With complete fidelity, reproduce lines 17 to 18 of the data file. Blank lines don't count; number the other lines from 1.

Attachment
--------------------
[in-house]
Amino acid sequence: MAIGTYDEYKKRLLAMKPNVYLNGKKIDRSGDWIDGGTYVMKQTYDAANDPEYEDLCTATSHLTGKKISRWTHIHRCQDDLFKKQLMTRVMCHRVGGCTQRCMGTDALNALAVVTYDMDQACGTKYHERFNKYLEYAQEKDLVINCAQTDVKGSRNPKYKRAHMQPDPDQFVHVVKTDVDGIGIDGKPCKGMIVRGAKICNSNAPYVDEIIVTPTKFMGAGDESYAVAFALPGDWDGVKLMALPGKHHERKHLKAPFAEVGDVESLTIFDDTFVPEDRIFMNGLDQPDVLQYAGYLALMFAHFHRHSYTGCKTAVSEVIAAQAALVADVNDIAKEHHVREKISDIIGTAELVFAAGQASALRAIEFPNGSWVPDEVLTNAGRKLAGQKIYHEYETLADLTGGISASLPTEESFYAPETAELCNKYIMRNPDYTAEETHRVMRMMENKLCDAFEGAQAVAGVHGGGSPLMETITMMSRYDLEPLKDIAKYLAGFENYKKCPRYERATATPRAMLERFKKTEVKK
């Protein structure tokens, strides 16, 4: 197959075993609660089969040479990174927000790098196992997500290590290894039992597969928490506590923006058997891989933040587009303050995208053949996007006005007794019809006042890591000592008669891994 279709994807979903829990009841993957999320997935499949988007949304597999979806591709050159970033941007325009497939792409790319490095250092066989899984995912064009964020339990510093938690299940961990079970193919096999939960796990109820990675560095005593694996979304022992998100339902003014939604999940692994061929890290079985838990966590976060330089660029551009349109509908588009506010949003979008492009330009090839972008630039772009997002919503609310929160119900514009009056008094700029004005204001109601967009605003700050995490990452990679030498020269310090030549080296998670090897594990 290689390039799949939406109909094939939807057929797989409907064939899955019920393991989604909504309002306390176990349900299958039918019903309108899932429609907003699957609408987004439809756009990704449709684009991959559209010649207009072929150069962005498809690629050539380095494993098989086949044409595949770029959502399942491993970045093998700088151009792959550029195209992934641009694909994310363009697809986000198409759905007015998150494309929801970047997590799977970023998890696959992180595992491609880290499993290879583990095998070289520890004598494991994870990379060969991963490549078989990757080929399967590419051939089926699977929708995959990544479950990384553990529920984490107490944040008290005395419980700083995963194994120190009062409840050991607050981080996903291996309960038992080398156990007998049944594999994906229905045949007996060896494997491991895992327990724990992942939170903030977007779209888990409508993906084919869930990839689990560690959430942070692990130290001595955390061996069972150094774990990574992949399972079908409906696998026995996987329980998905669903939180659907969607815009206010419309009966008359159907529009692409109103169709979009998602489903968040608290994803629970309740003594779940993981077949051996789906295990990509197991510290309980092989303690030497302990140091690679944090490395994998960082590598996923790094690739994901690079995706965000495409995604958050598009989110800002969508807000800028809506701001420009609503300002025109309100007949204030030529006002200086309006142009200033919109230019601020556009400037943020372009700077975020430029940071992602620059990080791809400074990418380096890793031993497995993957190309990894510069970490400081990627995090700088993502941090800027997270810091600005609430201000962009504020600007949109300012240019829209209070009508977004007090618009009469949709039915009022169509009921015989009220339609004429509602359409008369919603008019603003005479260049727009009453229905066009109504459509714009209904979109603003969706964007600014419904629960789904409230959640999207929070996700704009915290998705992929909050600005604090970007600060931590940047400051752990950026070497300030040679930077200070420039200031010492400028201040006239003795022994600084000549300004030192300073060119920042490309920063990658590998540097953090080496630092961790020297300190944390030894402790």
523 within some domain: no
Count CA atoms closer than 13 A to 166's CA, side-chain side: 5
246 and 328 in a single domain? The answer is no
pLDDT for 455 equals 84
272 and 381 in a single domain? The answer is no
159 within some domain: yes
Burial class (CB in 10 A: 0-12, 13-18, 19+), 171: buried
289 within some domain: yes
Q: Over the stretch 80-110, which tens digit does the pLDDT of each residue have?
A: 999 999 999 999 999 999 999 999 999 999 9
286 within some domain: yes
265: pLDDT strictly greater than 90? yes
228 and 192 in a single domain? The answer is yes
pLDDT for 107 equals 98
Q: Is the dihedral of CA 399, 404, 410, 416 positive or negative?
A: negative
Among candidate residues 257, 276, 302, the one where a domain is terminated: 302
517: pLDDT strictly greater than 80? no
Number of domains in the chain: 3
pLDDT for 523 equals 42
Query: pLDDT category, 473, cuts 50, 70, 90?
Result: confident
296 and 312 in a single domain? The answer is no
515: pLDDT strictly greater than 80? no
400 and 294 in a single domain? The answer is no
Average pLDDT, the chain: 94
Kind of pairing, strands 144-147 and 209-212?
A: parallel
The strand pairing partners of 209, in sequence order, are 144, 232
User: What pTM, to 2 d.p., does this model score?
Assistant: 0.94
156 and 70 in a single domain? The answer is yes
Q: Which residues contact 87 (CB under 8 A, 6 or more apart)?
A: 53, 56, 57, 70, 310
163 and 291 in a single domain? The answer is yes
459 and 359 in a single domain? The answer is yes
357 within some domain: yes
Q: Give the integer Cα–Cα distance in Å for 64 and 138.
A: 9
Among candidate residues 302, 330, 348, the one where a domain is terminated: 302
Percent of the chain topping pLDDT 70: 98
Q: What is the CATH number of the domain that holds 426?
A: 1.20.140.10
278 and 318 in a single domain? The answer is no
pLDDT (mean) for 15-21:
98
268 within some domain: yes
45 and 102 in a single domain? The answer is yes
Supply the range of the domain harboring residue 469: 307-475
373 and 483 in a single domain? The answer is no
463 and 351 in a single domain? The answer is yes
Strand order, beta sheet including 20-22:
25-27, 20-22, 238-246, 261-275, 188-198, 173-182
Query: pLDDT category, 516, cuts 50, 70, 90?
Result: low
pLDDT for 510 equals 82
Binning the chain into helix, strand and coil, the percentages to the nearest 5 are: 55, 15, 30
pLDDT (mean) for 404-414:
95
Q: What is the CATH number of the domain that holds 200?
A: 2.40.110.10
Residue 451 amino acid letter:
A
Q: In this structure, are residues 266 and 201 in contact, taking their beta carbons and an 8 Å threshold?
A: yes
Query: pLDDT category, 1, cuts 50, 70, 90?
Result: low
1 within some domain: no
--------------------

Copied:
pLDDT for 107 equals 98
Q: Is the dihedral of CA 399, 404, 410, 416 positive or negative?